There was a time when "fear of God" meant piety, or at least conscience. Today, it more accurately describes the worldview of secular liberals who get itchy and twitchy at any reminder of our religious roots as a nation.
Thus, we are currently treated to the spectacle of the American Civil Liberties Union dragging the state of Texas into court for the offense of displaying the Ten Commandments on the grounds of the state capitol in Austin. The U.S. Supreme Court will decide in June whether a display of the Decalogue violates the establishment clause of the First Amendment. This gives "God fearing" a whole new meaning.
"At the very seat of Texas government," thunders the ACLU brief, "between the Texas State Capitol and the Texas Supreme Court, is large monument quoting a famous passage of religious scripture taken, almost verbatim, from the King James Bible." Question: Is there any kind of scripture that is not religious?
The state of Texas argues that the monument isn't so important really. It stands at the back door of the capitol, not the front. It is smaller than several of the other 16 monuments dotting the campus of the capitol. And it contains many symbols found elsewhere in American public life -- such as the pyramid with the eye at the top and an eagle with outstretched wings clutching the stars and stripes -- both of which are also found on the dollar bill. Hard by the Ten Commandments monument are statues and plaques honoring or memorializing the Boy Scouts of America (under fire from the left, as well), Korean War Veterans, World War I veterans, Pearl Harbor, Texas children, the National Guard and pioneer women.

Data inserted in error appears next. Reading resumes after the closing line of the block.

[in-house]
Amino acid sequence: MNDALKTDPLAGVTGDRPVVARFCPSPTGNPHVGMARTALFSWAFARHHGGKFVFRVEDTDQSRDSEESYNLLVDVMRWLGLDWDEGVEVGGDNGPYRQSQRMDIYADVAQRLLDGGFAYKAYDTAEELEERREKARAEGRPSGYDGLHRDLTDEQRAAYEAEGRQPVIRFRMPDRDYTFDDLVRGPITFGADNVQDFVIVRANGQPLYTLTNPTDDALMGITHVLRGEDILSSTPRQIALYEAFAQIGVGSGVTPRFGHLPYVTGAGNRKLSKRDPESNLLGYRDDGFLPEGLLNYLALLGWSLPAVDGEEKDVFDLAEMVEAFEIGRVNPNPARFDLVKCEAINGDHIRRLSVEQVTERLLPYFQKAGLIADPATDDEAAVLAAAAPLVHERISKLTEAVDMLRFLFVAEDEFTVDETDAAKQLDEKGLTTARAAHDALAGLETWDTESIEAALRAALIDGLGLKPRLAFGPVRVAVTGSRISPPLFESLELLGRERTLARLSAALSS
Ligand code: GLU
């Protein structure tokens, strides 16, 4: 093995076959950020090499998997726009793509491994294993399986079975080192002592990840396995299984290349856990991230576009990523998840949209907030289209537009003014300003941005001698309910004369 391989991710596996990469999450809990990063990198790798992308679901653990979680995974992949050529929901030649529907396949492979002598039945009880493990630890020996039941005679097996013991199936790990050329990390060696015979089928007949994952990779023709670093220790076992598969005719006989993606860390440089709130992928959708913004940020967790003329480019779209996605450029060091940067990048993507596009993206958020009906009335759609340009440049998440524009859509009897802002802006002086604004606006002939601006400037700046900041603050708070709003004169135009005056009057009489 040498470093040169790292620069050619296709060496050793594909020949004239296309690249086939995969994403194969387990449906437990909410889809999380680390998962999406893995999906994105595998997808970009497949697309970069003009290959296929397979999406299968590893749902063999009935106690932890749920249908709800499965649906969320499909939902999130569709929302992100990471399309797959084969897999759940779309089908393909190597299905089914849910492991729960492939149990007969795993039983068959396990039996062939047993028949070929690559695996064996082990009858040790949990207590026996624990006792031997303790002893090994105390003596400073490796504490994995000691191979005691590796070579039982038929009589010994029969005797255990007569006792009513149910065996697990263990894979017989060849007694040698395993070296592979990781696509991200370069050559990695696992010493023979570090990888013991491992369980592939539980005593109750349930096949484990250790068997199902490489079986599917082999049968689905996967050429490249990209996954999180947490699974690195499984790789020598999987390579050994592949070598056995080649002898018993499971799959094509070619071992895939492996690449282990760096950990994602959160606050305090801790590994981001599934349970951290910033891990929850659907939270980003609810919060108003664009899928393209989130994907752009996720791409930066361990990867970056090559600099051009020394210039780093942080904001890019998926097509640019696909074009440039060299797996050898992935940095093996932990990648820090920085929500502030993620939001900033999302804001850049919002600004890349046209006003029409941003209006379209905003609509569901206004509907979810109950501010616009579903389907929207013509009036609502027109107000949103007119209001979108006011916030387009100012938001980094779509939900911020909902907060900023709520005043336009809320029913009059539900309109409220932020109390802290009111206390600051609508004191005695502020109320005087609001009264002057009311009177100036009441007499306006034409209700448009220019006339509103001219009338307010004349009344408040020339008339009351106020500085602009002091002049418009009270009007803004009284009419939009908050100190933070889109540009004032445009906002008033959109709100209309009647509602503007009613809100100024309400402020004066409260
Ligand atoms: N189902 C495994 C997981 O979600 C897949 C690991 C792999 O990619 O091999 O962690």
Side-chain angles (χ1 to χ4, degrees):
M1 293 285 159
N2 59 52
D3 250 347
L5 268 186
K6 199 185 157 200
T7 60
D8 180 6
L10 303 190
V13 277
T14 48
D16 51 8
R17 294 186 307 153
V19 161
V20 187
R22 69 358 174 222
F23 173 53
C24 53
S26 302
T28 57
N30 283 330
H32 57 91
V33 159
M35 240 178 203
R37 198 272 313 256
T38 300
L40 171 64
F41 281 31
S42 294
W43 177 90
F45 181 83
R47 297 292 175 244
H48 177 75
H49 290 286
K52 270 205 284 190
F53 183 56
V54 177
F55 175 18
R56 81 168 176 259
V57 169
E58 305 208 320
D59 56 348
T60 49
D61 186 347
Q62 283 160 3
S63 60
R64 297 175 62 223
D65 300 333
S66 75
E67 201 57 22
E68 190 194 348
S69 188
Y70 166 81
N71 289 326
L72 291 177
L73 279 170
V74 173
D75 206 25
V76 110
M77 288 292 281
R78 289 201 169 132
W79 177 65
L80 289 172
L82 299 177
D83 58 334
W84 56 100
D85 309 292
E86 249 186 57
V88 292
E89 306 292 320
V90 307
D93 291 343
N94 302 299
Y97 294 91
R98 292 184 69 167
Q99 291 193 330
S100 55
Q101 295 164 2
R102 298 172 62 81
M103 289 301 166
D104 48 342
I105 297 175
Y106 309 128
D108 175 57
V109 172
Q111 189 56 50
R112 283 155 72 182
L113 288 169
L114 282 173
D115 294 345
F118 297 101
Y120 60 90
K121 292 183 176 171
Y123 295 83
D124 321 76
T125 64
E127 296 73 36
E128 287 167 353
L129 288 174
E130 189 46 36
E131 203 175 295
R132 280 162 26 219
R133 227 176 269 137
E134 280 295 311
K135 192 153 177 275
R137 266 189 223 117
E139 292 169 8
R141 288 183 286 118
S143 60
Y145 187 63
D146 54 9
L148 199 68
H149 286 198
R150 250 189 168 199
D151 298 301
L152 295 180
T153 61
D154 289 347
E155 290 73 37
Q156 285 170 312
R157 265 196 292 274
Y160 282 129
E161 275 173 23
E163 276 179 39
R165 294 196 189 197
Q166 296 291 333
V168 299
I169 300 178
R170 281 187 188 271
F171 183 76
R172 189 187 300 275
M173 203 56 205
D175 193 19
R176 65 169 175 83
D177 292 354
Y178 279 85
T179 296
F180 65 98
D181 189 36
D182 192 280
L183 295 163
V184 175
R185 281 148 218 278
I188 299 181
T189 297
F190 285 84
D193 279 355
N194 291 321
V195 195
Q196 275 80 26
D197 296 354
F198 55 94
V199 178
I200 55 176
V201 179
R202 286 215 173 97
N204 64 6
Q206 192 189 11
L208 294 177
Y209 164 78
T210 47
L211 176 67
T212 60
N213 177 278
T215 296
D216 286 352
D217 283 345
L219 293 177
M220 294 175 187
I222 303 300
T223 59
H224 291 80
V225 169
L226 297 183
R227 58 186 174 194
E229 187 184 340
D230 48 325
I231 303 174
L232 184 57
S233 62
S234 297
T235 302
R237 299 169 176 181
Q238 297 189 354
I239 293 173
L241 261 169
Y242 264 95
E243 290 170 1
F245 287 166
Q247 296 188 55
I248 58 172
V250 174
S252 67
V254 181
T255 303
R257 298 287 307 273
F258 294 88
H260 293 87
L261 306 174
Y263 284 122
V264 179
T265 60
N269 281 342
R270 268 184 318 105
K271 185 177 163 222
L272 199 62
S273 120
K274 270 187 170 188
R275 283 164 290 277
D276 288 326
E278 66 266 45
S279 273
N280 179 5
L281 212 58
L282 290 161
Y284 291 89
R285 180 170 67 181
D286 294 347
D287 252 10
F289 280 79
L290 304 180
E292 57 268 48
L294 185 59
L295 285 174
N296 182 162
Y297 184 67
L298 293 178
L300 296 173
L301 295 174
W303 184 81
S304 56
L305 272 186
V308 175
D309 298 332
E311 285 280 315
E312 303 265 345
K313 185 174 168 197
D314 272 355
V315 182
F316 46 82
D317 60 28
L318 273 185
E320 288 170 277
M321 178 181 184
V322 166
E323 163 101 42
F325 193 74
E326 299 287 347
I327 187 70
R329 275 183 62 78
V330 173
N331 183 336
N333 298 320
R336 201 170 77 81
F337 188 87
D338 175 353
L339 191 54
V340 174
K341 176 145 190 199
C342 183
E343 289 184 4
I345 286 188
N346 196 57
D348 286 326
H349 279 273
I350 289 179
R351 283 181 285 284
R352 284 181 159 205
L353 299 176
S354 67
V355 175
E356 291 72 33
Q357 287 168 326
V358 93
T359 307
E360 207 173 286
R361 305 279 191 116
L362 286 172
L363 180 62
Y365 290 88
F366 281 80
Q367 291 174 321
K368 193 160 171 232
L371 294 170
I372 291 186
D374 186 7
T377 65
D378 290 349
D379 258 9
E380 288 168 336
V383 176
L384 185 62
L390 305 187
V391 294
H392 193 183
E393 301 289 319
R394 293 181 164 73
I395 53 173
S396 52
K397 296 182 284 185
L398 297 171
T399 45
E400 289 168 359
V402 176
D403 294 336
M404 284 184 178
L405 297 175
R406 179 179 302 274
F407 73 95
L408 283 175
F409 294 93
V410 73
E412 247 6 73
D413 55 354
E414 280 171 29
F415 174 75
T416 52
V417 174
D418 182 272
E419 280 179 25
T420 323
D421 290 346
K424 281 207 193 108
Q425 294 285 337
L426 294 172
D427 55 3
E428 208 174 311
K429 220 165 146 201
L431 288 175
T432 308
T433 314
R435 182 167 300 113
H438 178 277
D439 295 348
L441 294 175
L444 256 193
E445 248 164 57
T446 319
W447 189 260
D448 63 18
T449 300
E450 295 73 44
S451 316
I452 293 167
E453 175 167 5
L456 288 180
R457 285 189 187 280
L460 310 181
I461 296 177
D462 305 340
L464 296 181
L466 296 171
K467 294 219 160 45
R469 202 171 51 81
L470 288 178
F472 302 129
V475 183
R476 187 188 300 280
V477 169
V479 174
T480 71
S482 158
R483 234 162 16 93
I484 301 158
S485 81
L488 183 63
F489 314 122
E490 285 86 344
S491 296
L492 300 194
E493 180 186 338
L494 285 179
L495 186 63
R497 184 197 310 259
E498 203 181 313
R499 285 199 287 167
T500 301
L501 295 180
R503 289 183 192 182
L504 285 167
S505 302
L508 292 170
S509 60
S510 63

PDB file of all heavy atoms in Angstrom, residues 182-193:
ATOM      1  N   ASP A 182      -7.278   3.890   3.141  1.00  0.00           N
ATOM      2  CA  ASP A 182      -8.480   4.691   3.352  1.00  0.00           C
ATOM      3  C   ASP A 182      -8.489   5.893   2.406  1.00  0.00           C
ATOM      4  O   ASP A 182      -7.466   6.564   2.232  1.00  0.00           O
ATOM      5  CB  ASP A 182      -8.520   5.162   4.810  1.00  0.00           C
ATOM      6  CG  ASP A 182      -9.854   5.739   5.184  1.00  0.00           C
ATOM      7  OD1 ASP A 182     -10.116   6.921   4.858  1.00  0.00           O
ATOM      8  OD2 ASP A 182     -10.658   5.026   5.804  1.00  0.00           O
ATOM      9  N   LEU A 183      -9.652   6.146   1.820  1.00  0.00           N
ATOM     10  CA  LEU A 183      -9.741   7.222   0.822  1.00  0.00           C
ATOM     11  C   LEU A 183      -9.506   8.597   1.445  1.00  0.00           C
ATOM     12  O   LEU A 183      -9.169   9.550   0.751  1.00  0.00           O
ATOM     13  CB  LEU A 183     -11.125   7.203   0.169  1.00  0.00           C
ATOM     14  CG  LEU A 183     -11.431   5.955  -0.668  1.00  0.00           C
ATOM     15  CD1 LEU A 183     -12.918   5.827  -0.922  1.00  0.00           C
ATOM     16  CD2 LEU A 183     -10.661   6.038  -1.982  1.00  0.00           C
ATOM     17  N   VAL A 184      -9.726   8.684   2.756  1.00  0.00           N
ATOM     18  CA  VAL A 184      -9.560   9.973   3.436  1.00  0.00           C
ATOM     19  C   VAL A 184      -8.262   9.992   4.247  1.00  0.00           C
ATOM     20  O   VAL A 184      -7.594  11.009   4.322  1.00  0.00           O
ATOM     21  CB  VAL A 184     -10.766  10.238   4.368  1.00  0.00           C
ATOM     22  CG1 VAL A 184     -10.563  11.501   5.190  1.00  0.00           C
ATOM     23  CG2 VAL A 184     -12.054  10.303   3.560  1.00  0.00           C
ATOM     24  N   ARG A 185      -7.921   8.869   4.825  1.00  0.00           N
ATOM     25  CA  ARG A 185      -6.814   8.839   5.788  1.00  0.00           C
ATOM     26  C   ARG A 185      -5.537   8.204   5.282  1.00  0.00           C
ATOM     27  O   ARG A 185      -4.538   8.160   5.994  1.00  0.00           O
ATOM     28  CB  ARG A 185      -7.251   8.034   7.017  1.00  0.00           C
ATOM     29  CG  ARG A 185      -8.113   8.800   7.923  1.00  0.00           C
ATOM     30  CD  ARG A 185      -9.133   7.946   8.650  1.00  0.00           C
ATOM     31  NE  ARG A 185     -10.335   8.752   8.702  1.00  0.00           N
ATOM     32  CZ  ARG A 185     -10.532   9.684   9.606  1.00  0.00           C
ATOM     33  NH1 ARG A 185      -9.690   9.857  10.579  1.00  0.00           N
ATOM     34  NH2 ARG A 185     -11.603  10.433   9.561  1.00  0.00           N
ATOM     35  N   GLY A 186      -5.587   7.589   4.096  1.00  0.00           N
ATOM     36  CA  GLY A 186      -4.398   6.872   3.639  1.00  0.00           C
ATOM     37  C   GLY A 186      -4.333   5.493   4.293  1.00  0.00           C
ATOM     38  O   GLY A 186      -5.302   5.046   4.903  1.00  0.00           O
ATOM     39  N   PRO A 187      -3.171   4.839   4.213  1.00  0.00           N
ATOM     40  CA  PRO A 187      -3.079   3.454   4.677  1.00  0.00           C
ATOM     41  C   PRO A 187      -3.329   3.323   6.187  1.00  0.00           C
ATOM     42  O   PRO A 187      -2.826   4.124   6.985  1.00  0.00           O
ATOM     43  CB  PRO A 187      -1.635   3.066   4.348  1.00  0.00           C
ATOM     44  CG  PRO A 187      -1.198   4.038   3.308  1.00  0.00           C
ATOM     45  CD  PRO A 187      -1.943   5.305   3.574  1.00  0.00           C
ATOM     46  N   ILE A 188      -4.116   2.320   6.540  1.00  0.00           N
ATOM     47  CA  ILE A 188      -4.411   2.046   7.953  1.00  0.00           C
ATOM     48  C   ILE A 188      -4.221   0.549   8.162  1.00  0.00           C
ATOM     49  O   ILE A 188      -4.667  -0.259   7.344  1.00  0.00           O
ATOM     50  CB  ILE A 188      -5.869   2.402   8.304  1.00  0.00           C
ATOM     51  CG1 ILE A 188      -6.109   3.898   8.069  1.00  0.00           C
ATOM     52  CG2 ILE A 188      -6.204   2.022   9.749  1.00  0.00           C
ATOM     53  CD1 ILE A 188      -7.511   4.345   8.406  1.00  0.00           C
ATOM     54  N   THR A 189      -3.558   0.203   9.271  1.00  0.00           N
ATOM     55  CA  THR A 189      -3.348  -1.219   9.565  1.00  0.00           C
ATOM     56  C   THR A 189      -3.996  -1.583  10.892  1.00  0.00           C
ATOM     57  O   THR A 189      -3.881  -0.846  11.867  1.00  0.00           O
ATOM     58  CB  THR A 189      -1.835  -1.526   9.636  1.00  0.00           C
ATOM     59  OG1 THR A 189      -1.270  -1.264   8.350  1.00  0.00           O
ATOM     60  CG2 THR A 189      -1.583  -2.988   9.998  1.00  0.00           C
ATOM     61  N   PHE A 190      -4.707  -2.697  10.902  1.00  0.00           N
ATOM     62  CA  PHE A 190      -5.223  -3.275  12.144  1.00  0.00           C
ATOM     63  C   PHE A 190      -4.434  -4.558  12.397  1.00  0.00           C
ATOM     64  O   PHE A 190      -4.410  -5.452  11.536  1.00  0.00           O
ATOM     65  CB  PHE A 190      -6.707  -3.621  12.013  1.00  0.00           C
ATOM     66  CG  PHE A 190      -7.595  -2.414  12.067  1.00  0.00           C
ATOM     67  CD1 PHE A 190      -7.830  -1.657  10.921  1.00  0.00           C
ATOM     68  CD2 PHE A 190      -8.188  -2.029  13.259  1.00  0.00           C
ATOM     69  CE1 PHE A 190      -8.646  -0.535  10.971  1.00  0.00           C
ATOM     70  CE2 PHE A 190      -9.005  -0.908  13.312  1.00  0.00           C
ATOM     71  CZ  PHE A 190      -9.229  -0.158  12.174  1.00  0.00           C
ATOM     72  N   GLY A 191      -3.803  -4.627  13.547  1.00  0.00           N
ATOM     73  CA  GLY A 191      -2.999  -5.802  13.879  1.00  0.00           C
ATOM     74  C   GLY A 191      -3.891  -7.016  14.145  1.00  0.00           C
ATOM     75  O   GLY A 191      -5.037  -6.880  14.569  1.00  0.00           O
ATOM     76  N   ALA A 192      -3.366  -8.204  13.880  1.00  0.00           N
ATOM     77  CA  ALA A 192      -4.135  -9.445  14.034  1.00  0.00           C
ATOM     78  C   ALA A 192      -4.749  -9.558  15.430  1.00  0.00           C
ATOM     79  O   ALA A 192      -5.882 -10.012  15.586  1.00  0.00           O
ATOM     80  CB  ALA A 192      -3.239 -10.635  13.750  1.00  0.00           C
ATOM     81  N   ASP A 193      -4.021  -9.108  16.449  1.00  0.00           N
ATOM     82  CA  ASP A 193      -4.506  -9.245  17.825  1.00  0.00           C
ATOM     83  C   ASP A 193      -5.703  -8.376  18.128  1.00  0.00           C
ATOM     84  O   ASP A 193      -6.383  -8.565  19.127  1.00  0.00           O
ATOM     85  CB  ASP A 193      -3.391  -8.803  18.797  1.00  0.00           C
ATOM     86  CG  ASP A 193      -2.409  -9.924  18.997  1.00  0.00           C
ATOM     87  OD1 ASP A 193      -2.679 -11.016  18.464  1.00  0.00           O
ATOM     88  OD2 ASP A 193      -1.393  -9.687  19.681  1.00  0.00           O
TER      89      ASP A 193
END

But no religious acknowledgment is too small to escape the attention of the zealous modern God-fearers. The petitioners complain that the monument "expresses an unequivocal religious message: There is a God, and God has proclaimed rules for behavior." We can't have that. Just you wait, the dollar bill -- which proclaims in broad daylight "In God We Trust" is not safe.
The God-fearers are not engaged in a fool's errand. They have good reason to suppose that their protest may be well-received. Over the past several decades, the court's establishment clause jurisprudence has been, well, peculiar. The court has held that a creche could be displayed at Christmastime only if it was accompanied by a requisite number of candy canes, Santas and other non-religious symbols. The court has also ruled that states may constitutionally provide maps (and, in a later decision, computers) for parochial schools, but not books.
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